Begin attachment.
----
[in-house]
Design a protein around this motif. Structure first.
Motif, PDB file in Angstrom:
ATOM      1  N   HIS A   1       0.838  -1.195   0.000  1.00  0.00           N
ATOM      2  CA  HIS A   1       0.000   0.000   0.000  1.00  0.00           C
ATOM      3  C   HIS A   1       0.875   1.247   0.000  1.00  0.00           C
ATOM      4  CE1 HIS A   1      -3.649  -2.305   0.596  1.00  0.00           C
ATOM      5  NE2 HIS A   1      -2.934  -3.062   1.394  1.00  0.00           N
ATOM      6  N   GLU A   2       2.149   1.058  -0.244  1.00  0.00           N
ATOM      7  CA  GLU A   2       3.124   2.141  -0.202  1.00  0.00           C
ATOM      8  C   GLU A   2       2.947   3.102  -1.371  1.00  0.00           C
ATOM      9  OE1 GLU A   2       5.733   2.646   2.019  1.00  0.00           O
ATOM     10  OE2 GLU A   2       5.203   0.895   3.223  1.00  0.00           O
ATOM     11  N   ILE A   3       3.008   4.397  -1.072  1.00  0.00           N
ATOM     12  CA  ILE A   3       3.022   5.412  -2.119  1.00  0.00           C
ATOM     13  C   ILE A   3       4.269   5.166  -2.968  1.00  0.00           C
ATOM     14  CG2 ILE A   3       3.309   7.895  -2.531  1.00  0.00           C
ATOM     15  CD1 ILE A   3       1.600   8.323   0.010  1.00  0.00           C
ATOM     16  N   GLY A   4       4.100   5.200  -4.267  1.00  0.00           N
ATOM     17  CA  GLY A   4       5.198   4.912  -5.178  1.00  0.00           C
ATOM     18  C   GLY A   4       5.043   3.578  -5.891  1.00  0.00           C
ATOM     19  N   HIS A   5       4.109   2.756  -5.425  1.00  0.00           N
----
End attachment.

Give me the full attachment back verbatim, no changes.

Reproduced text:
[in-house]
Design a protein around this motif. Structure first.
Motif, PDB file in Angstrom:
ATOM      1  N   HIS A   1       0.838  -1.195   0.000  1.00  0.00           N
ATOM      2  CA  HIS A   1       0.000   0.000   0.000  1.00  0.00           C
ATOM      3  C   HIS A   1       0.875   1.247   0.000  1.00  0.00           C
ATOM      4  CE1 HIS A   1      -3.649  -2.305   0.596  1.00  0.00           C
ATOM      5  NE2 HIS A   1      -2.934  -3.062   1.394  1.00  0.00           N
ATOM      6  N   GLU A   2       2.149   1.058  -0.244  1.00  0.00           N
ATOM      7  CA  GLU A   2       3.124   2.141  -0.202  1.00  0.00           C
ATOM      8  C   GLU A   2       2.947   3.102  -1.371  1.00  0.00           C
ATOM      9  OE1 GLU A   2       5.733   2.646   2.019  1.00  0.00           O
ATOM     10  OE2 GLU A   2       5.203   0.895   3.223  1.00  0.00           O
ATOM     11  N   ILE A   3       3.008   4.397  -1.072  1.00  0.00           N
ATOM     12  CA  ILE A   3       3.022   5.412  -2.119  1.00  0.00           C
ATOM     13  C   ILE A   3       4.269   5.166  -2.968  1.00  0.00           C
ATOM     14  CG2 ILE A   3       3.309   7.895  -2.531  1.00  0.00           C
ATOM     15  CD1 ILE A   3       1.600   8.323   0.010  1.00  0.00           C
ATOM     16  N   GLY A   4       4.100   5.200  -4.267  1.00  0.00           N
ATOM     17  CA  GLY A   4       5.198   4.912  -5.178  1.00  0.00           C
ATOM     18  C   GLY A   4       5.043   3.578  -5.891  1.00  0.00           C
ATOM     19  N   HIS A   5       4.109   2.756  -5.425  1.00  0.00           N